Candid Comment: A Single Candle Better Than Darkness

ZIMBABWE is at that point in history where the old Quaker proverb, “It is better to light a single candle than to curse the darkness” is very instructive. There is no credit for describing crises without solving them or doing something practical.

There are many people with PhDs on the Zimbabwe crisis, we even have an organisation called Crisis in Zimbabwe Coalition yet the situation is getting out of hand.

It is better to light a single candle than to curse the darkness. In times like these Margaret Mead, an anthropologist, reminds us that: “Never doubt that a small group of thoughtful citizens can change the world. Indeed, it is the only thing that ever has.”

The few MDC MPs who will make it into the Government of National Unity will make a great difference. These MDC MPs will at least light a single candle and make a difference rather than complain about things getting worse. It is advisable for them to join the GNU rather than describe the situation from the sidelines. It is better to light a single candle than curse the darkness.

As Zimbabweans we should set aside our differences and confront our challenges together. The appeal to the international community for help is a step in the right direction but a misplaced priority.

Our challenges require some creativity, imagination and initiative. At this stage, it important for Zimbabweans to realise that it does not make much sense to ask the world to help us to deal with our crises when we are not even showing any sense of urgency to convene our parliament and set up a sustentative government of national unity to confront our crises.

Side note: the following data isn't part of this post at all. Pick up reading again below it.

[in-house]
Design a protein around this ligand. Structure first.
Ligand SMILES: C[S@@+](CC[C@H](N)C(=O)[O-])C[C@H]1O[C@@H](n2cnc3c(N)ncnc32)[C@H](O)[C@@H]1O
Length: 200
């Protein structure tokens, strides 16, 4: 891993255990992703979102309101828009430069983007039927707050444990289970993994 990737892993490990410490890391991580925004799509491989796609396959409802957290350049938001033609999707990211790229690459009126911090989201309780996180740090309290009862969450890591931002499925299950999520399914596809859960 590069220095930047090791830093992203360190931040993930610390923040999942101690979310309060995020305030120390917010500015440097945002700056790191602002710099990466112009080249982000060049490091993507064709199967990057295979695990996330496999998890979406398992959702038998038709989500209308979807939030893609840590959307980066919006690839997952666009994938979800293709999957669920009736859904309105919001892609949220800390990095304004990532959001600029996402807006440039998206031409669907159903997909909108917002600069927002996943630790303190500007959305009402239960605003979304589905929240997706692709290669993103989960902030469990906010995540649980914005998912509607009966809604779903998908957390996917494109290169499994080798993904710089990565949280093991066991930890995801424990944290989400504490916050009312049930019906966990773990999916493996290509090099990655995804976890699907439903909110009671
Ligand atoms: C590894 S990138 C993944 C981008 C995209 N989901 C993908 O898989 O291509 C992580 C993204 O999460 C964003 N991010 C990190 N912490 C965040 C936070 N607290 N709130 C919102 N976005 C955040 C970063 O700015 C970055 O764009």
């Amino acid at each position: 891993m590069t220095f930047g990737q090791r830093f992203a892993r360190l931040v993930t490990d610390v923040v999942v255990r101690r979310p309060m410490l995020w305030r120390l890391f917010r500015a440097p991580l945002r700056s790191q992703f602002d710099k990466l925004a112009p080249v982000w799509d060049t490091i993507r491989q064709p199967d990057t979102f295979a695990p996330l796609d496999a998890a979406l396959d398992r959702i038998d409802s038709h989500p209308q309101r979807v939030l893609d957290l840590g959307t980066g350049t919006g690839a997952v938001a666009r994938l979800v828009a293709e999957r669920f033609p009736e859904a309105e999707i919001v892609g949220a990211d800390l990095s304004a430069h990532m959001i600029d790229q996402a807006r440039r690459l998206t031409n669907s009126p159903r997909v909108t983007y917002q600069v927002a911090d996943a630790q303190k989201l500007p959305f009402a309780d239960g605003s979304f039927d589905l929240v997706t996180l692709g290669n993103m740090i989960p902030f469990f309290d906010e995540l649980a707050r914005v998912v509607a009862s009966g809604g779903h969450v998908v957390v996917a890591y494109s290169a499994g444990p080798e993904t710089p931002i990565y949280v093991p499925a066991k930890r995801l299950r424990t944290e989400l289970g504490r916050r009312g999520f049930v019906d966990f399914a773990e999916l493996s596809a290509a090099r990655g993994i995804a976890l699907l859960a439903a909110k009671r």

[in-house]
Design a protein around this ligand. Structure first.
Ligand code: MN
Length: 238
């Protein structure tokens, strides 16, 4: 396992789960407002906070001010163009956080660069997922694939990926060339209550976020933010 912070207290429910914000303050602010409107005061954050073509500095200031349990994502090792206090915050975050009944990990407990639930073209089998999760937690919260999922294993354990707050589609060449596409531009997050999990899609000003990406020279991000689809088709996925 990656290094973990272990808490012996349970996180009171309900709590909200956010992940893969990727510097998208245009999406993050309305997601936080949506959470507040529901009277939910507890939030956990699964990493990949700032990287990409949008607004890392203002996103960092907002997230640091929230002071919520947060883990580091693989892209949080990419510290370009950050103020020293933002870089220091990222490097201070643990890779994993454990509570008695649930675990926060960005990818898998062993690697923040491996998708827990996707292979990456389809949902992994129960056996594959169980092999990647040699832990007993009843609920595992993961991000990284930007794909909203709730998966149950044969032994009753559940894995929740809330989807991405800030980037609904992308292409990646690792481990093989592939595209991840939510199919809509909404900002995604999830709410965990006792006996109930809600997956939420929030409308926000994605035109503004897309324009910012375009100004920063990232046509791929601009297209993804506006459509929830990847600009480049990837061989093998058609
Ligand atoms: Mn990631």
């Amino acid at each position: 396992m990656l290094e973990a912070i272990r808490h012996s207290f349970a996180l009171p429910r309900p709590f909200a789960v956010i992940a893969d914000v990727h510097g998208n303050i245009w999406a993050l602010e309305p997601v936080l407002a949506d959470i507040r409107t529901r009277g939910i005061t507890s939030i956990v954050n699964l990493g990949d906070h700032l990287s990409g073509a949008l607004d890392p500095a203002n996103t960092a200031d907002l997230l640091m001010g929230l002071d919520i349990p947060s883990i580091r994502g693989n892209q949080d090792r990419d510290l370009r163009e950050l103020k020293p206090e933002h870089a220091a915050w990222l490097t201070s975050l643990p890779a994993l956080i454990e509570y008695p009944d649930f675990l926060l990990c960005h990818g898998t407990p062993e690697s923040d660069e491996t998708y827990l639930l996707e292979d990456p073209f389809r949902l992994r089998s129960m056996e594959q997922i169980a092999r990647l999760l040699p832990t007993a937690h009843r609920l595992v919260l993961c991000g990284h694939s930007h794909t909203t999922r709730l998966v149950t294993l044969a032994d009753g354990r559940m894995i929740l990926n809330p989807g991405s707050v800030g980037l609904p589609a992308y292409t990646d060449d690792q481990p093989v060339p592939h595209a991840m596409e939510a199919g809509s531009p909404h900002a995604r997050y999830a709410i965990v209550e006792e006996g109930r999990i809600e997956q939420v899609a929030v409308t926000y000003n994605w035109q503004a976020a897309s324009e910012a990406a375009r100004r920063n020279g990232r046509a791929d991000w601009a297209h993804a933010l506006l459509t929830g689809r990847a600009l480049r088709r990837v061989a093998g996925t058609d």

Why should Zimbabweans deserve more help than the Congolese or Sudanese when they are not showing any urgency to form a substantive government?

It is high time parliament convened and agreed on a process to make constitutional provisions to fast-track amendment No 19 so that Morgan Tsvangirai and Arthur Mutambara take up their posts in the government of national unity and start helping in the management of the crises and save lives.

Zimbabweans are not a special case and it makes no sense to go around the world asking for help when we are not ready to set aside our differences and work together. The world does not agree on how to confront the Zimbabwe crises. We have seen this at Sadc, the AU and the UN and nothing will change unless we change our attitude and approach.

It is clear that there is no “best way” to solve the multi-layered Zimbabwean crisis which is caused by governance issues and economic sanctions imposed by the United States and Europe.

There is no point in trying to discuss whether sanctions or governance issues are the cause of our suffering because it is like the chicken and the egg debate, it does not end. The point is that Zimbabweans are suffering because of both sanctions and governance issues which should be addressed. Delaying the formation of the Government of National Unity is causing further and unnecessary harm.

The blame game will not help Zimbabwe unless either party can show that what you are doing is helping the situation. We have to realise that Zimbabwe does not operate in a vacuum and the environment is changing fast. Sadc has recommended that a Government of National Unity be formed in Zimbabwe and the Ministry of Home Affairs be co-managed by Zanu PF and the MDC-Tsvangirai.